By Eric Dehm
Boyd Renner never considered getting a tattoo during his 28 years serving in the Navy. Not when he joined in 1988, not when he retired 28 years later as a Warrant Officer from Naval Special Warfare Development Group, also known as DEVGRU and more commonly as SEAL Team 6.
So it might seem odd for him to co-found a company that operates within the world of body art, but that’s exactly what he’s done with Everence. Renner and the crew at Everence have teamed with scientists, doctors and tattoo artists to develop a way to insert DNA and other materials, like sand or plant mater, into existing or new tattoos.
It may sound like science-fiction, but it’s very real and starts of with a simple saliva sample, similar to 23andMe. Through that sample they extract a non-coding strand of DNA, amplify it and then using a patented process to get it ready to put under a person’s skin. They can do the same with the plant matter and sand, though obviously skipping the DNA extraction process.
“We encapsulate it in a polymer,” Renner explained during a recent appearance on The Morning Briefing. “It’s the same polymer that’s in a hip replacement or contact lenses or dermafillers… and we micronize it to a point that it stays in the dermis exactly like the ink does. So it’s so small and so perfectly circle that the body doesn’t attack it as a foreign body.”
Renner believes this new technology will make tattoos more attractive to a new audience by adding a new level of personalization. Partially, because he now has his first tattoos planned.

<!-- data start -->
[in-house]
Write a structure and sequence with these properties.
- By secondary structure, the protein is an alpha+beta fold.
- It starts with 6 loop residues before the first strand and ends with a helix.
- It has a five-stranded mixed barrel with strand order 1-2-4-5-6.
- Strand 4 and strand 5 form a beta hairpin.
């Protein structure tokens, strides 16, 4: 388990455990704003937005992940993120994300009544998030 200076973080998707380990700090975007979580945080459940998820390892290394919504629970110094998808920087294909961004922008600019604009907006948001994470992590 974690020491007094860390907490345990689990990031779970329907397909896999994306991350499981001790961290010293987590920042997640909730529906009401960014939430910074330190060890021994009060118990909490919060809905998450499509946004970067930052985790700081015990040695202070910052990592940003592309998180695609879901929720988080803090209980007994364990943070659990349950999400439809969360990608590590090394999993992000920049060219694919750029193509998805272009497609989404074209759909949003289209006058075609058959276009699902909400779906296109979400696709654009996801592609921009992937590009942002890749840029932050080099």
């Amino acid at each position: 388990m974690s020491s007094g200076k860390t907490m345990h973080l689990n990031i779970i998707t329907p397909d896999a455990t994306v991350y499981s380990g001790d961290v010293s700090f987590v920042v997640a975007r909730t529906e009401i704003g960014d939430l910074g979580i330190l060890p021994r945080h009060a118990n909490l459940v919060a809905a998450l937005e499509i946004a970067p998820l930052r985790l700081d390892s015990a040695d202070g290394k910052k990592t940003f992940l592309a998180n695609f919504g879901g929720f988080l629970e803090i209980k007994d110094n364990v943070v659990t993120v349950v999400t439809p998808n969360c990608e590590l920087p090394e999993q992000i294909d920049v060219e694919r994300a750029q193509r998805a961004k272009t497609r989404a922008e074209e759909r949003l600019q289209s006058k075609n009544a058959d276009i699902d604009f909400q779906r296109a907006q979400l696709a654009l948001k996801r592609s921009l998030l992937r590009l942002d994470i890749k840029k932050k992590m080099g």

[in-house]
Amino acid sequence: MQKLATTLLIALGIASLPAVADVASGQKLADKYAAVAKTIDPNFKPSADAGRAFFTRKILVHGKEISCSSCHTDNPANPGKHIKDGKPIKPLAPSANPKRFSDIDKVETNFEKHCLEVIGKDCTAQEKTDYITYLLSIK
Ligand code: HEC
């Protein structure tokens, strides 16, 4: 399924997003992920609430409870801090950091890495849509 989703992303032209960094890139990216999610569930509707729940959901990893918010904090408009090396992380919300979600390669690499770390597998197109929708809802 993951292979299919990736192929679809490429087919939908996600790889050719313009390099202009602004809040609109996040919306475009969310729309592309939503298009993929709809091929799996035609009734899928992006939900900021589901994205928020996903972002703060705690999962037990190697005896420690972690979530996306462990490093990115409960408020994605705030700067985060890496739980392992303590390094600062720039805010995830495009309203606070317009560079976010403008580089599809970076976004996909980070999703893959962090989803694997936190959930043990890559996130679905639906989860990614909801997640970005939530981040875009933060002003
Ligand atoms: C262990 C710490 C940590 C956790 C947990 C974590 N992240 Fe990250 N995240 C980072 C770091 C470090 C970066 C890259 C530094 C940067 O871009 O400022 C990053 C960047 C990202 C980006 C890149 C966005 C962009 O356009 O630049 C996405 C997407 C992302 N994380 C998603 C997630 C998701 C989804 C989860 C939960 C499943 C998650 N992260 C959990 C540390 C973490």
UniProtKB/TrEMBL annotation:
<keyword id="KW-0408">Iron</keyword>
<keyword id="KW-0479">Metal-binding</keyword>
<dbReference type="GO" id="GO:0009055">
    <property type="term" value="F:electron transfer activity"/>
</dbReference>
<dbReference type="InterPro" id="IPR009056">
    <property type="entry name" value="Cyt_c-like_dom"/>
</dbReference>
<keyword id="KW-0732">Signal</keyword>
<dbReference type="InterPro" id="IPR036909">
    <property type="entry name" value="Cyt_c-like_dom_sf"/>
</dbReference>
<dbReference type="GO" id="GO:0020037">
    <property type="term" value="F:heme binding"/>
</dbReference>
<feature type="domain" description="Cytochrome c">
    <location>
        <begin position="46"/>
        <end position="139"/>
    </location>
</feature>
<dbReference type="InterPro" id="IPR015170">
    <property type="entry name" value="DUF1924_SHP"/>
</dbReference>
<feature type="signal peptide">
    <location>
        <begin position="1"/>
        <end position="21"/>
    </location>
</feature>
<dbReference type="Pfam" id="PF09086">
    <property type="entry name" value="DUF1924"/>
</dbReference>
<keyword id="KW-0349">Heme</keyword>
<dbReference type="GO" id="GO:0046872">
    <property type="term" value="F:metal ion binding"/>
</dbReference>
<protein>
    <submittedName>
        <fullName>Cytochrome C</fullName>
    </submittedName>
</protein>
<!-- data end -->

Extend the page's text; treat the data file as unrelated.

First up will be a tribute to his wife, who is battling Cystic Fibrosis and he says is the most “badass” person he’s ever met.
His second will be related to what he calls the most important mission he went on as a member of SEAL Team 6. In 2005, then Senior Chief Renner was the senior enlisted member of the team that recovered the bodies of his fellow SEALs killed during Operation Red Wings.
“For some reason when the last body flew away, when that helicopter took off and we’re getting our brothers home for their families,” Renner recalled. “I took a handful of sand and I put it in my ziploc bag I had in my cargo pocket.”
That sand, like his wife’s DNA, will soon be a part of Boyd Renner, who says he’s hoping to hear many similar stories in the coming days as more people become aware of Everence and the possibilities it offers for remembrance.
The full Morning Briefing interview with CWO4 (Ret.) Renner is below. In it, he talks his time on Team 6, his transition to civilian life, and how the idea for Everence came to be.
Stream the interview audio by pressing “play” or click the share button and select “download” from the menu options to save and listen later.